Local Government Funding for Fiber

There is an interesting new trend where local government acts as the banker for rural broadband projects. It’s an interesting new twist on public / private partnerships and is a model that more communities should consider.

Consider these rural broadband projects in Minnesota.

  • First is RS Fiber. This is a new broadband cooperative that serves most of Sibley County and some of Renville County in Minnesota. Bonds were approved to fund 25% of a broadband project and those bonds are backed by the counties, some small cities and also by townships that are getting the fiber. The expectation is that the project will make the bond payments.
  • Next is in Swift County Minnesota. Federated Telephone Cooperative, an existing telephone company, was awarded $4.95 million to build fiber to rural homes in the county. The county approved general obligation bonds of $7.8 million to complete the project, or 60% of the funding.

Both projects are classic examples of a public private partnership. In these particular cases the company that will own and operate the network is a cooperative, but these same agreements could have been made with a for-profit telco or some other telecom provider as well.

These kinds of projects make sense for a number of reasons:

  • The process of approving bond financing is far faster than securing traditional funding for these kinds of projects.
  • Bonds for fiber can be financed over a long period of time – 20 to 30 years, while loan terms for commercial loans are usually shorter. Just like with a home mortgage, borrowing for a longer time period means lower annual debt payments, which is essential to make these projects financially feasible.

In both cases the Counties and other local government entities have taken on the role of banker. The local governments will have no operational role in running the fiber business (a role they did not want). The Counties expect for the bond payments to be covered by the fiber project. And since these networks are being built in rural areas with few other broadband alternatives the new fiber ventures should get high customer penetration rates. But if the ventures fail then the local governments are on the hook to cover any shortfalls in the bond payments.

These are both cases of local governments deciding that the need for rural broadband was great enough to risk taxpayer money to get this done. They also decided that the risk of not getting paid is low. The business cases show that even in the worst case the revenues from the projects should cover almost all costs, meaning that the downside risk to the Counties is minimal. In the case of RS Fiber, as a start-up new cooperative, they would not have been able to get any traditional funding without the seed money from the local governments.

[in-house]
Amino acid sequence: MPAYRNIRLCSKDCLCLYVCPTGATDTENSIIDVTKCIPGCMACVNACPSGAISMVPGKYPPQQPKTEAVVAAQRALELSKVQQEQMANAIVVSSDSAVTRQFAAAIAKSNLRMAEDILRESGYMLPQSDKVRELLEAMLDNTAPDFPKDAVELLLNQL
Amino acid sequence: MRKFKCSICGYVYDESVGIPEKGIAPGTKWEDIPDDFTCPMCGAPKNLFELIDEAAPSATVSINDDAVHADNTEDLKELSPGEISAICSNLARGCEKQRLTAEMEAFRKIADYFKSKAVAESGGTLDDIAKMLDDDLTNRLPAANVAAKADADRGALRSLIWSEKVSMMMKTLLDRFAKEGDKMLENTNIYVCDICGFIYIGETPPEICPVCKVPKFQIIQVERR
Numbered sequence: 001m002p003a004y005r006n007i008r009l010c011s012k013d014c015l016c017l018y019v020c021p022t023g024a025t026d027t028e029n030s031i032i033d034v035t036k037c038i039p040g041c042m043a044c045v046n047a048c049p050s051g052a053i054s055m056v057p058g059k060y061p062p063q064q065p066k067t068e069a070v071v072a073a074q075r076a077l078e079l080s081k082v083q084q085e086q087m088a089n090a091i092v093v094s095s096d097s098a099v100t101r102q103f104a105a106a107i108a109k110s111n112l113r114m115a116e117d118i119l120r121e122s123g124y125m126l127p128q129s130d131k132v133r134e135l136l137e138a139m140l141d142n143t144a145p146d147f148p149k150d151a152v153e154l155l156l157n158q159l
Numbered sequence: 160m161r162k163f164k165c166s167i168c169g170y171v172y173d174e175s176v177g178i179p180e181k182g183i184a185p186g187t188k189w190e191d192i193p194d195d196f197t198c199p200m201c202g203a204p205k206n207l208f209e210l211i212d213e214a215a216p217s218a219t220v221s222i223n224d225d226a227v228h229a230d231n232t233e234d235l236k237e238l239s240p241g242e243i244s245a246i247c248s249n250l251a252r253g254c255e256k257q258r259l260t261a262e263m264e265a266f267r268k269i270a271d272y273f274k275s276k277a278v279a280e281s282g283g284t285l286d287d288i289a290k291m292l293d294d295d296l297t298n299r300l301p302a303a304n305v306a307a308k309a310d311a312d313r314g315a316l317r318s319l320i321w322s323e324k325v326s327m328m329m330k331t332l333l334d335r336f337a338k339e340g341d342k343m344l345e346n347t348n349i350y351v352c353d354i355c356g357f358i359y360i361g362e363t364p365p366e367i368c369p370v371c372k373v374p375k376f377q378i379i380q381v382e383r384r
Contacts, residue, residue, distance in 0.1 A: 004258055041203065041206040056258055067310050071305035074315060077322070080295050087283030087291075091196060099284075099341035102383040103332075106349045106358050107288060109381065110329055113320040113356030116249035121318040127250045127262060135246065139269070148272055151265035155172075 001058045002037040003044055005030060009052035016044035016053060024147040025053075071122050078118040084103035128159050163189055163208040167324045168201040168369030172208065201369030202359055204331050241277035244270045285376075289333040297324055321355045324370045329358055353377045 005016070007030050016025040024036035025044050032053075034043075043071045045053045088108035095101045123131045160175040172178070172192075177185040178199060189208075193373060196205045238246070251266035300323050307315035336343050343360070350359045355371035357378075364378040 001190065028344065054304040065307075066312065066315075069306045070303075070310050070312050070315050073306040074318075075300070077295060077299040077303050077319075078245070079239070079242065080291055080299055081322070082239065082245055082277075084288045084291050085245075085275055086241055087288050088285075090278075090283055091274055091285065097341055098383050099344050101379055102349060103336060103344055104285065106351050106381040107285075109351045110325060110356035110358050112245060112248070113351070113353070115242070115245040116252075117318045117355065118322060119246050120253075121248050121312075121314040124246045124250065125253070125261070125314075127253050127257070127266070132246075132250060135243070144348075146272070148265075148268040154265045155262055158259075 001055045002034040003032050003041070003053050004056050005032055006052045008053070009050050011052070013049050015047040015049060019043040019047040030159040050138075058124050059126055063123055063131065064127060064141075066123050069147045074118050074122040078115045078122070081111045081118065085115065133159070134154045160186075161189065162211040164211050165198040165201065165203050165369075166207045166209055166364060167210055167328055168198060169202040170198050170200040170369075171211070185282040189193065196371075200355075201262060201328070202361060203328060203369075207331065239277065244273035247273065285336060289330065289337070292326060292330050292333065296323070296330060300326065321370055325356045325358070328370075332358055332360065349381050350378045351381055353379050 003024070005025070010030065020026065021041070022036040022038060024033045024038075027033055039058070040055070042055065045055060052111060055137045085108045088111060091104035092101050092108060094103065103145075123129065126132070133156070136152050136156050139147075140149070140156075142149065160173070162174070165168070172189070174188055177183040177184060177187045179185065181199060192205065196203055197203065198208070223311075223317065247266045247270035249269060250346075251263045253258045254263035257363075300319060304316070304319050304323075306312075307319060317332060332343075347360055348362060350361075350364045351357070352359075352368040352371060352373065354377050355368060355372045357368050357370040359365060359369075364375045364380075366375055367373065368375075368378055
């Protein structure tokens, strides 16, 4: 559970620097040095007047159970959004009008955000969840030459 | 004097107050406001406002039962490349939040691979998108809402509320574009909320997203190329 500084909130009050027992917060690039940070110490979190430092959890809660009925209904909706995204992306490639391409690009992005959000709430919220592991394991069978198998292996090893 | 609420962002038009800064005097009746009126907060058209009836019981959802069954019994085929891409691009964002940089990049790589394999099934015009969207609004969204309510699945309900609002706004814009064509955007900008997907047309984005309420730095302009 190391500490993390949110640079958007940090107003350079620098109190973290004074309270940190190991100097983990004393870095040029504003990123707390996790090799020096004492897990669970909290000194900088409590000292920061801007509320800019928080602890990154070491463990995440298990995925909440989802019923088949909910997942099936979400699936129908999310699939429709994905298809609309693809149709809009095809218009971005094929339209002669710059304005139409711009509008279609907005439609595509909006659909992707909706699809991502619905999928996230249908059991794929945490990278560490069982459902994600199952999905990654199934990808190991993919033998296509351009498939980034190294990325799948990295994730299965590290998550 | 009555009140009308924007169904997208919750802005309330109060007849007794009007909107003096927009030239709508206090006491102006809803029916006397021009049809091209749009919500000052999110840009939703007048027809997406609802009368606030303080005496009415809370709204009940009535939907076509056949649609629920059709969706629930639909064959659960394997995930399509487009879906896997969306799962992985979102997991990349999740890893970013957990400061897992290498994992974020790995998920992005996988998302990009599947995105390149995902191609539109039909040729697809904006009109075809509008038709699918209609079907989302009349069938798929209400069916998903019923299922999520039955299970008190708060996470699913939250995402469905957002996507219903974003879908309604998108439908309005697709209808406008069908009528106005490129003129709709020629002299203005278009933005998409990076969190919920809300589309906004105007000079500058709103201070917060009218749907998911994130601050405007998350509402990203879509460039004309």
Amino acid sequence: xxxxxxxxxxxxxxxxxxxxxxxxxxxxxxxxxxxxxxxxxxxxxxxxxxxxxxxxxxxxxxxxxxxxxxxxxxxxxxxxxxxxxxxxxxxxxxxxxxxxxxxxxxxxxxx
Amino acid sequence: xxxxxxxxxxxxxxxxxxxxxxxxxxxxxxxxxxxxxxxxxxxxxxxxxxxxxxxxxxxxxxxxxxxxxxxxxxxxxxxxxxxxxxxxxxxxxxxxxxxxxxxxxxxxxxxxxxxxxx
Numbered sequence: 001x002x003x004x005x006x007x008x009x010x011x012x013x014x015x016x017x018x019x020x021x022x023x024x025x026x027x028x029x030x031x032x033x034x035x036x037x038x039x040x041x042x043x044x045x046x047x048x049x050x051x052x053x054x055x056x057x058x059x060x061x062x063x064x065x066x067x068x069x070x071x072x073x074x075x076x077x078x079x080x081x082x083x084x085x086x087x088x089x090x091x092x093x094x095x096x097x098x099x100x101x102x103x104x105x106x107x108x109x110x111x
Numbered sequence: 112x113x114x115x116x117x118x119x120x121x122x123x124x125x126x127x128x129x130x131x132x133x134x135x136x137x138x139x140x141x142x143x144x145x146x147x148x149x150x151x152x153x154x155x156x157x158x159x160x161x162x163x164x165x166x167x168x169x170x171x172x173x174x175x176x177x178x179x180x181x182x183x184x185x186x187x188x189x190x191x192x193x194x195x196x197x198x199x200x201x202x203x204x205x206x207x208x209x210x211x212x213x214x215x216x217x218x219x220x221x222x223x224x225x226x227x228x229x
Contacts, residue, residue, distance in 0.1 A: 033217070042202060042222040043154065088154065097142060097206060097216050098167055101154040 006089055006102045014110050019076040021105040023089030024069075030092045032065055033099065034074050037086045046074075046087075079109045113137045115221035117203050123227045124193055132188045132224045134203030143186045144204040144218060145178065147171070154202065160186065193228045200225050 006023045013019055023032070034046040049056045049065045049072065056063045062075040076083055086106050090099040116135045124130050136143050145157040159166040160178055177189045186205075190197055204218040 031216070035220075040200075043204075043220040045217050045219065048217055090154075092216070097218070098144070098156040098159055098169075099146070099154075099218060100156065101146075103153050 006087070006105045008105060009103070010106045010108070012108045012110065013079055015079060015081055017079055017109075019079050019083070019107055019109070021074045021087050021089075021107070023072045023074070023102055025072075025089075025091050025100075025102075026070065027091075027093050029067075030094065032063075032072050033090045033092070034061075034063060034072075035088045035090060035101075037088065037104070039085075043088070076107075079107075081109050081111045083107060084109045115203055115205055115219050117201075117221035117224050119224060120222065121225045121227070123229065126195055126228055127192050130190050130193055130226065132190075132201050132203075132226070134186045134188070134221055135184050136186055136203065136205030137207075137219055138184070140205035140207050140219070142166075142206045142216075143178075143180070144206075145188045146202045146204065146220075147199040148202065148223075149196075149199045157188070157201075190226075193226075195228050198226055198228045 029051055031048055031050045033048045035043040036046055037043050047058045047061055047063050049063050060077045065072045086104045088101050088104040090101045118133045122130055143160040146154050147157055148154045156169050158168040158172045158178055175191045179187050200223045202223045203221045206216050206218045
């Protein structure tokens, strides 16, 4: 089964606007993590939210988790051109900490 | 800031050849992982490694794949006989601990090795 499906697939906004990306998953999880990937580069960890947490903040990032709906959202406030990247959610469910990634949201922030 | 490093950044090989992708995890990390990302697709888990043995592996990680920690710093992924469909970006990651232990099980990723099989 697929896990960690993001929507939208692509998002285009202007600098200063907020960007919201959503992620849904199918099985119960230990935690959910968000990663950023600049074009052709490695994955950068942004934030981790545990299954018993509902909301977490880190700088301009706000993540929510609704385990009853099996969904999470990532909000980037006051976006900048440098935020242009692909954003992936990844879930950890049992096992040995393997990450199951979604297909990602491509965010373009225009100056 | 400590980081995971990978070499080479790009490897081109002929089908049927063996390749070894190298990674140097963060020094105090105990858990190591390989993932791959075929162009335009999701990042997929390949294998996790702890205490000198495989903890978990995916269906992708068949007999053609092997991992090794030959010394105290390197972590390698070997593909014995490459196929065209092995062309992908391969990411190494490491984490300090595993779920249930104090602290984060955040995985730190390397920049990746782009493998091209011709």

This is a model that the rest of rural America should consider. Small ISPs like these cooperatives stand ready to serve a lot of rural America, but they often don’t have the financial wherewithal to do so. In these cases, a public private partnership with local government as the banker seemed to be the only way to make this happen.

Everywhere I travel in rural America homeowners and farmers want good broadband. They understand that it’s costly to build fiber to farms and small rural towns. But they also seem willing to help pay to make this work. I think if more rural counties would listen to their constituents they would take a harder look at this model.

Of course, a county needs to do their homework up front and make sure they know it’s a sound project and that the estimated cost of building the broadband network is accurate. But assuming there is a solid business plan, perhaps the most valuable role a county can tackle is that of being the banker to help new broadband builds get off the ground

Is Now the Time to Invest in Fiber?

Fiber CableIt’s been obvious for a decade that the ISP market is not going to get competitive until new entrants join the market and build fiber networks. We don’t need the government to tell us that there is not very much head-to-head competition between large ISPs. Verizon is the only large incumbent that has built any appreciable amount of last-mile fiber, although there has been a lot of fiber built in smaller markets by the independent telephone companies.